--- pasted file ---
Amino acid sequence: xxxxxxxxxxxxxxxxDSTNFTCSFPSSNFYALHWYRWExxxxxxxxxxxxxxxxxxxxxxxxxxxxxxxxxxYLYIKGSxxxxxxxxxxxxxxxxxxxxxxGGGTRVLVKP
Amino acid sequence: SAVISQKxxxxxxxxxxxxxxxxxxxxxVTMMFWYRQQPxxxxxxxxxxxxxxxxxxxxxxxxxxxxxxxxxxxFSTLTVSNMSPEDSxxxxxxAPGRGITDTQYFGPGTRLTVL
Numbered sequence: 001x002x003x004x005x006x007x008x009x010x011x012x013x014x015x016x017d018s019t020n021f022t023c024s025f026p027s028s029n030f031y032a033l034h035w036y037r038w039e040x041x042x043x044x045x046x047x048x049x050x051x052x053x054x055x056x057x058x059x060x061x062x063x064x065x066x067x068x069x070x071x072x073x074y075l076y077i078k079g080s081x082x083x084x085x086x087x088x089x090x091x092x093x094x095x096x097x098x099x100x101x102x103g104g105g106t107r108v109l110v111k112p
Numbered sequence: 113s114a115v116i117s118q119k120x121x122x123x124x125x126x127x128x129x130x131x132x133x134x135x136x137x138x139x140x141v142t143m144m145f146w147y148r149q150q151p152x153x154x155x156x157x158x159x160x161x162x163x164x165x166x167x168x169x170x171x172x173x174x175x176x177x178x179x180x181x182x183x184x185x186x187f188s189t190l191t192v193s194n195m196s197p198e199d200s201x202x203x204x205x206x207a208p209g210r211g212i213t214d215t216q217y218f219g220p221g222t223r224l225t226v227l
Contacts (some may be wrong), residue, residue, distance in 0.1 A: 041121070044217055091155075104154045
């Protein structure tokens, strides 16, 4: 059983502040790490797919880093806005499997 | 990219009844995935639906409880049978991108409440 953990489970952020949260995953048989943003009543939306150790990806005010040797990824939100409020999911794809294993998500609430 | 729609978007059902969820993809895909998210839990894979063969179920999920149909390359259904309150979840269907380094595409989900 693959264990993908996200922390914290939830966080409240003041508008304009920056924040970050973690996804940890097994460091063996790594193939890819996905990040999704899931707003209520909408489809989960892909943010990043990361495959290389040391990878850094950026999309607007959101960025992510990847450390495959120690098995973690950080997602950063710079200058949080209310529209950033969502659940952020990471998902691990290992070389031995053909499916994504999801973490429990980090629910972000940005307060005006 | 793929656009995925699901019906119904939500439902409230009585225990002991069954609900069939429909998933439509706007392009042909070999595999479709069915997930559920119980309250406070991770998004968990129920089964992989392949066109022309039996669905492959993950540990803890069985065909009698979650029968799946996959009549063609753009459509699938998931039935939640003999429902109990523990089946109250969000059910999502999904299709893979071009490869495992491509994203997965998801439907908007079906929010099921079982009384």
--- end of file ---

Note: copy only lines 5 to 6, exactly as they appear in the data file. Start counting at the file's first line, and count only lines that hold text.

Contacts (some may be wrong), residue, residue, distance in 0.1 A: 041121070044217055091155075104154045
């Protein structure tokens, strides 16, 4: 059983502040790490797919880093806005499997 | 990219009844995935639906409880049978991108409440 953990489970952020949260995953048989943003009543939306150790990806005010040797990824939100409020999911794809294993998500609430 | 729609978007059902969820993809895909998210839990894979063969179920999920149909390359259904309150979840269907380094595409989900 693959264990993908996200922390914290939830966080409240003041508008304009920056924040970050973690996804940890097994460091063996790594193939890819996905990040999704899931707003209520909408489809989960892909943010990043990361495959290389040391990878850094950026999309607007959101960025992510990847450390495959120690098995973690950080997602950063710079200058949080209310529209950033969502659940952020990471998902691990290992070389031995053909499916994504999801973490429990980090629910972000940005307060005006 | 793929656009995925699901019906119904939500439902409230009585225990002991069954609900069939429909998933439509706007392009042909070999595999479709069915997930559920119980309250406070991770998004968990129920089964992989392949066109022309039996669905492959993950540990803890069985065909009698979650029968799946996959009549063609753009459509699938998931039935939640003999429902109990523990089946109250969000059910999502999904299709893979071009490869495992491509994203997965998801439907908007079906929010099921079982009384």